With thanks to Joy Dean for sending this one to me.

Friday March 31, 1837
Corin, Philip, for Manslaughter
Page 3, column b


CROWN COURT.—(Before Mr Baron GURNEY.)

Philip Corin was indicted for the manslaughter of Thomas Rodda, in the parish of Gulval.

Mr. Praed conducted the prosecution, and Mr. Cockburn defended the prisoner

William Stimpson.—I live near Penzance. I was on Chiendower-bridge on the evening of the last Saturday in July. I saw the prisoner there that evening. I saw him take the near wheel of a cart which was standing there and throw it over. I heard no cry when it was upset: it was close to the sea, which made a noise at the time. I saw the deceased after the cart was upset: he went away with the prisoner.

Cross-examined.—There was a mule in the cart. If a person had been knocked down by the cart he must have gone into the river. Rodda did not complain of any injury.

John Smith.—I found Rodda at my mother's house that night, between 12 and 1 o'clock. Corin was with him: he asked for a light to look for the tail of his cart. I said I could find it without. We went about 100 yards, and the prisoner and Rodda quarrelled, and I went in doors. I was shortly afterwards called out by a noise. I went and saw the cart was overturned. The deceased was on his hands and knees, about six yards off. I went to him, and he said, “Never mind me, look after the mule.” Before I came out I heard some one say, “I am killed, donky and all.” They said they would all go home together, and they got into the cart. The deceased was very tipsy.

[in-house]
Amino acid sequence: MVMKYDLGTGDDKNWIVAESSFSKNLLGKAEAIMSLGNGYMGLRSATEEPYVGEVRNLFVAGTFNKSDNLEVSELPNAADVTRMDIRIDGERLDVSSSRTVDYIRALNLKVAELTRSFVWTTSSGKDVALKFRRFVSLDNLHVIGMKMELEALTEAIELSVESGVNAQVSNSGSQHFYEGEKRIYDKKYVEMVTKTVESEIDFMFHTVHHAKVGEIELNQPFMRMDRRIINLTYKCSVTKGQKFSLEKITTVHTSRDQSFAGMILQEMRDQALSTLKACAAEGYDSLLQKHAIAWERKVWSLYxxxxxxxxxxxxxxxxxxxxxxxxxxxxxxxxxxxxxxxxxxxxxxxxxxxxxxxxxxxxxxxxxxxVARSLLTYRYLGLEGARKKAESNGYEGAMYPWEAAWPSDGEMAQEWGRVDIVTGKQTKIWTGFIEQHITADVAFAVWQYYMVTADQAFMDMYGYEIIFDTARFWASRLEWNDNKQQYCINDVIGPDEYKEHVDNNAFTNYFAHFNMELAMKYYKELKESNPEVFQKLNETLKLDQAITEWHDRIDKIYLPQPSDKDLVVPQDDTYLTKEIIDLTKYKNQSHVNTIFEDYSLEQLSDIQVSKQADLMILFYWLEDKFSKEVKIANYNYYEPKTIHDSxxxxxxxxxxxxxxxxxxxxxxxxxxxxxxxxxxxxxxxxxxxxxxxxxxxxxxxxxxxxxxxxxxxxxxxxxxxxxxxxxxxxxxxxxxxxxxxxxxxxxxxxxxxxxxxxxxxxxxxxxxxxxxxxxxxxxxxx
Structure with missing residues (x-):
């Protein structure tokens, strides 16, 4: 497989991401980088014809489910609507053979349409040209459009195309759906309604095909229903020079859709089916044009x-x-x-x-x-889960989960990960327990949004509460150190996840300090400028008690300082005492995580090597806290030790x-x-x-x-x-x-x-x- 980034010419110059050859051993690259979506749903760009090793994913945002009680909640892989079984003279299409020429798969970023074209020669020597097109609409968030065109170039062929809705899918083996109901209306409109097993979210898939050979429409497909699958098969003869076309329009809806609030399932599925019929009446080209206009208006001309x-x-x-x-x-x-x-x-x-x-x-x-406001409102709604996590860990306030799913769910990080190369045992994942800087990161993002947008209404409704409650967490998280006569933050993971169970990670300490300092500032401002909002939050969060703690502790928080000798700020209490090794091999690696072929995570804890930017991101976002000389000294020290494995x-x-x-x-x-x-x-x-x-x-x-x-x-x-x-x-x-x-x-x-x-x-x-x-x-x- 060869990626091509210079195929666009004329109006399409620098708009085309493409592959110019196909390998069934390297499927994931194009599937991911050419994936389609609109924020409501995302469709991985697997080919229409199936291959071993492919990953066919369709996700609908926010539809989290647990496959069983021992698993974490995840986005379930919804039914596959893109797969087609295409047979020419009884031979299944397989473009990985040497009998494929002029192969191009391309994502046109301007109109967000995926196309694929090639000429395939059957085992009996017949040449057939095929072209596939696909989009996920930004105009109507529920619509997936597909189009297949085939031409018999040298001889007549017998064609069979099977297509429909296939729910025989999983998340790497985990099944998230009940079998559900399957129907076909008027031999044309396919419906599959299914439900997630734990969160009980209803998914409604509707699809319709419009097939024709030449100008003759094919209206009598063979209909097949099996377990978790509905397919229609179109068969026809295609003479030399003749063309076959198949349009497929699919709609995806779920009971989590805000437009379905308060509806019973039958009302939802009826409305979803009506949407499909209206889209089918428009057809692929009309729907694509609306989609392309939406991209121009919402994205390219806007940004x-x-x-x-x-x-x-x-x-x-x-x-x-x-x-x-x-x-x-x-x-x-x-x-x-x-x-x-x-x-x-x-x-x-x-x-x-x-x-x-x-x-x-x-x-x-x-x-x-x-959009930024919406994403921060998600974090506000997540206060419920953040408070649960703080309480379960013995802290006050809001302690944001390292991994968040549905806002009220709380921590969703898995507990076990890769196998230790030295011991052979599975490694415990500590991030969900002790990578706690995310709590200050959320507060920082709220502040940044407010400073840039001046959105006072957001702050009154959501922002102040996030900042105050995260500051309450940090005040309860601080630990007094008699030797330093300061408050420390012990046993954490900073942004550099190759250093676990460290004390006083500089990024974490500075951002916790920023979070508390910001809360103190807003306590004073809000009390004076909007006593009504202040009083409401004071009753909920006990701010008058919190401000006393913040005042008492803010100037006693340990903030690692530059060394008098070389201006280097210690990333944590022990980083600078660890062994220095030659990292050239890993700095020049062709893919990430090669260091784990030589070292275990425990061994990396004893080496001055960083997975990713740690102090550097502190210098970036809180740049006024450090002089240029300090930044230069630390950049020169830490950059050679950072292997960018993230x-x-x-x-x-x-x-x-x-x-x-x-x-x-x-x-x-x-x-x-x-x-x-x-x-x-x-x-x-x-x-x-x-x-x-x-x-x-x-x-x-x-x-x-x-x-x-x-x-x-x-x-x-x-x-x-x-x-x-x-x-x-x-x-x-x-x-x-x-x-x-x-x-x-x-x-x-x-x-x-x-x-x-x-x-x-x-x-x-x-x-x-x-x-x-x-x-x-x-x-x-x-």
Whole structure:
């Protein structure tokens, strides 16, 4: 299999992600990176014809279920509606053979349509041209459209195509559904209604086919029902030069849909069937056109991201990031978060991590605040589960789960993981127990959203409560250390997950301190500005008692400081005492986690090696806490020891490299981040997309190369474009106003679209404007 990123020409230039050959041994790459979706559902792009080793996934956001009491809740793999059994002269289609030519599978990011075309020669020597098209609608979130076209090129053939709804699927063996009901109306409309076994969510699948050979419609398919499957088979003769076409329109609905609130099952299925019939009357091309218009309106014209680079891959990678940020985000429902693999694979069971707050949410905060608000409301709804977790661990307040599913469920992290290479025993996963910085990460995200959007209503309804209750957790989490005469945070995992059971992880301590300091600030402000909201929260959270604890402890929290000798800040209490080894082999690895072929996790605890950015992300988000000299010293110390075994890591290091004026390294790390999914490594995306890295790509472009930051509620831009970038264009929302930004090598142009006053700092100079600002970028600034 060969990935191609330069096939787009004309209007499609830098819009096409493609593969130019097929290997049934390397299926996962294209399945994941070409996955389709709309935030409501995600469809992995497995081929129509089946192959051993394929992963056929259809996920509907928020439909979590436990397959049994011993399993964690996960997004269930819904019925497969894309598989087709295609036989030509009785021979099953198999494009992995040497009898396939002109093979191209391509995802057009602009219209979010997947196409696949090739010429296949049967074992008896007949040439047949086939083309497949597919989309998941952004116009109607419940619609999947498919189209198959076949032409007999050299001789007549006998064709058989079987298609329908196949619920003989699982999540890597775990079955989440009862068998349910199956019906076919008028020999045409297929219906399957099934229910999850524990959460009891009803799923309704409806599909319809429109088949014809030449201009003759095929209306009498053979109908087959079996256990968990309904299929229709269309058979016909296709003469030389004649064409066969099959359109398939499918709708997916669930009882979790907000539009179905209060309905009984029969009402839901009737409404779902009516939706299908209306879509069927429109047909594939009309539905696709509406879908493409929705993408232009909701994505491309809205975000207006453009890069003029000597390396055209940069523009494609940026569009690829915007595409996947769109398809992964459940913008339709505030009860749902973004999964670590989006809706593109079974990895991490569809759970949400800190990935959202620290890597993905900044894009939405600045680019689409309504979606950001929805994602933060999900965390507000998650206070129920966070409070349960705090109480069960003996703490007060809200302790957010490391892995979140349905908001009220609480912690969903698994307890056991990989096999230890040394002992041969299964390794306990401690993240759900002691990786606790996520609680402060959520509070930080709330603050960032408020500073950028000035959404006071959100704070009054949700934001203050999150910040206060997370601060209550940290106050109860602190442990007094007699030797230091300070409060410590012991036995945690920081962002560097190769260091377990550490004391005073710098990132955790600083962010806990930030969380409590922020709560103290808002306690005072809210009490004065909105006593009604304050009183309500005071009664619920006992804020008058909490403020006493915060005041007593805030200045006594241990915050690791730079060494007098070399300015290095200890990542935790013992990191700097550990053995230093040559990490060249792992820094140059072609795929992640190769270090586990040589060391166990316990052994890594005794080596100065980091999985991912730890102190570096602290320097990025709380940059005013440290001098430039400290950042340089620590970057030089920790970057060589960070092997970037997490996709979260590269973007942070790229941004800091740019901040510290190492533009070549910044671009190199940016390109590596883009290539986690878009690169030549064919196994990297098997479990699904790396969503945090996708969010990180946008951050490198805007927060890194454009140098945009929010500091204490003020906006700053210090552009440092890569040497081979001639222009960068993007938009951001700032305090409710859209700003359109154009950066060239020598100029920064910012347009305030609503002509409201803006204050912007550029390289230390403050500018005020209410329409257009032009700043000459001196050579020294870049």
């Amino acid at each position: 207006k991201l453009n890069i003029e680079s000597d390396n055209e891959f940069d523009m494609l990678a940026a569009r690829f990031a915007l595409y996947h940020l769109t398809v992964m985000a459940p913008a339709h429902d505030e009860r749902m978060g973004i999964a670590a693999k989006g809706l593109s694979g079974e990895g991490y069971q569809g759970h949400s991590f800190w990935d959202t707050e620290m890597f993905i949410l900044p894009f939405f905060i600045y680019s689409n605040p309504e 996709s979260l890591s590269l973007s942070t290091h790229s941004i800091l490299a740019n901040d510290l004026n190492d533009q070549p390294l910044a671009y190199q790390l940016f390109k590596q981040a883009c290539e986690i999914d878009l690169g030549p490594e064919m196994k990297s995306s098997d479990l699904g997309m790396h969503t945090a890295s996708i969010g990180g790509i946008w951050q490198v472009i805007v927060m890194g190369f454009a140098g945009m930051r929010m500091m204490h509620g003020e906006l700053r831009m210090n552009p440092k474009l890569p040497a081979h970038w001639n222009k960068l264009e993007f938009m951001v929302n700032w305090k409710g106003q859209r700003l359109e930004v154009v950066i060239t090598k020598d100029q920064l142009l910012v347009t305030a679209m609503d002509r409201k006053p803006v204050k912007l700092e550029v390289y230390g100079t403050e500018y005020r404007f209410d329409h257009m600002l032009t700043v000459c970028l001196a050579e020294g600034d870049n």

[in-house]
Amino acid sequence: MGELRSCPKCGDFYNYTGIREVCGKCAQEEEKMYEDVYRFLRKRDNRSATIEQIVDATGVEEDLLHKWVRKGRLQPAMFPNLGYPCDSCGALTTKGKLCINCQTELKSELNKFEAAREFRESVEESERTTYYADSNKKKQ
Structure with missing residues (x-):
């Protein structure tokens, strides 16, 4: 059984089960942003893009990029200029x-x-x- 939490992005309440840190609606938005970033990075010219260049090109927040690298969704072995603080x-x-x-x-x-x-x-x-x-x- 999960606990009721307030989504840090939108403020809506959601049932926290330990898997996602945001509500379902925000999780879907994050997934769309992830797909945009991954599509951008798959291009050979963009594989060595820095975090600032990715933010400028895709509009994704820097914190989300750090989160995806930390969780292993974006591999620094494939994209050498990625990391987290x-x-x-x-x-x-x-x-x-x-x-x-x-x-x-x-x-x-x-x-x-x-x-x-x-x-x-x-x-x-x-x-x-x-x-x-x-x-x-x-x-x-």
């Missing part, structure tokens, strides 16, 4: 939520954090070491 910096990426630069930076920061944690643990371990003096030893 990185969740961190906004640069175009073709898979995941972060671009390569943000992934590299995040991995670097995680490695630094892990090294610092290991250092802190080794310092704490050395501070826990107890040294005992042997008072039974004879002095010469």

Cross-examined.—The prisoner has always had a good character.

Richard Rodda.—The deceased was my brother. I was called up at half-past 4 o’clock in the morning. I found him in great pain: and he said, “My dear brother, I am a dying then—I have been murdered this night. That fellow Corin has killed me, by upsetting my cart.” He said Corin upset the cart upon him, and it came upon his stomach, and that Corin did so because he was not agreeable for Corin to ride home with him. He told me that he had crawled home on his hands and knees. He died on the 1st of August, two days after the injury.

A surgeon proved that he was sent for that morning. He was very bad. After death he opened the body, and the appearances were such as would be likely to arise from such a concussion. The deceased gave me no account of the injury.

Mr. COCKBURN then addressed the jury for the prisoner, urging upon them that the declarations of the dying man, who was drunk, were so inconsistent with the evidence given by the witnesses who had been examined before them, that there must be a doubt produced in their mind, of which he was sure they would give the prisoner the benefit.

The learned BARON having summed up, the jury returned a verdict of Not Guilty.